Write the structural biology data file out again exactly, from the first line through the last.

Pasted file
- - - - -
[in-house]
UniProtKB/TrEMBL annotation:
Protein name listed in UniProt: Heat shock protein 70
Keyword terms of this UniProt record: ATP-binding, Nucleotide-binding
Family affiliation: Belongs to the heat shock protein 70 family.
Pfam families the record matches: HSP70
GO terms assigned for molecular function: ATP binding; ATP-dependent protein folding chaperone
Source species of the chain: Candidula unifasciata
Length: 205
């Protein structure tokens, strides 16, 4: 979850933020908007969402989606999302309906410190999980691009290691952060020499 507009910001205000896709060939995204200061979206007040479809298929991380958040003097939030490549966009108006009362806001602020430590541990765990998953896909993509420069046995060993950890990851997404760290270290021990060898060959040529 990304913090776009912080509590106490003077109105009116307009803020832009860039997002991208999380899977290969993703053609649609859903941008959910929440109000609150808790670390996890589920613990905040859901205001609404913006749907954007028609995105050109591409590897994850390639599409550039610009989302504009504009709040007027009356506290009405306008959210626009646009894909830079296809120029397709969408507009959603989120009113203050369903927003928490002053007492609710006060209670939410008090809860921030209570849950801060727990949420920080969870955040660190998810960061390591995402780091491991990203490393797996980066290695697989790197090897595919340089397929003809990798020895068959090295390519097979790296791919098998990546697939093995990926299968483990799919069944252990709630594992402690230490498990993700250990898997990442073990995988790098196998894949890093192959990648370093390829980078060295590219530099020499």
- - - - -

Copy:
[in-house]
UniProtKB/TrEMBL annotation:
Protein name listed in UniProt: Heat shock protein 70
Keyword terms of this UniProt record: ATP-binding, Nucleotide-binding
Family affiliation: Belongs to the heat shock protein 70 family.
Pfam families the record matches: HSP70
GO terms assigned for molecular function: ATP binding; ATP-dependent protein folding chaperone
Source species of the chain: Candidula unifasciata
Length: 205
């Protein structure tokens, strides 16, 4: 979850933020908007969402989606999302309906410190999980691009290691952060020499 507009910001205000896709060939995204200061979206007040479809298929991380958040003097939030490549966009108006009362806001602020430590541990765990998953896909993509420069046995060993950890990851997404760290270290021990060898060959040529 990304913090776009912080509590106490003077109105009116307009803020832009860039997002991208999380899977290969993703053609649609859903941008959910929440109000609150808790670390996890589920613990905040859901205001609404913006749907954007028609995105050109591409590897994850390639599409550039610009989302504009504009709040007027009356506290009405306008959210626009646009894909830079296809120029397709969408507009959603989120009113203050369903927003928490002053007492609710006060209670939410008090809860921030209570849950801060727990949420920080969870955040660190998810960061390591995402780091491991990203490393797996980066290695697989790197090897595919340089397929003809990798020895068959090295390519097979790296791919098998990546697939093995990926299968483990799919069944252990709630594992402690230490498990993700250990898997990442073990995988790098196998894949890093192959990648370093390829980078060295590219530099020499």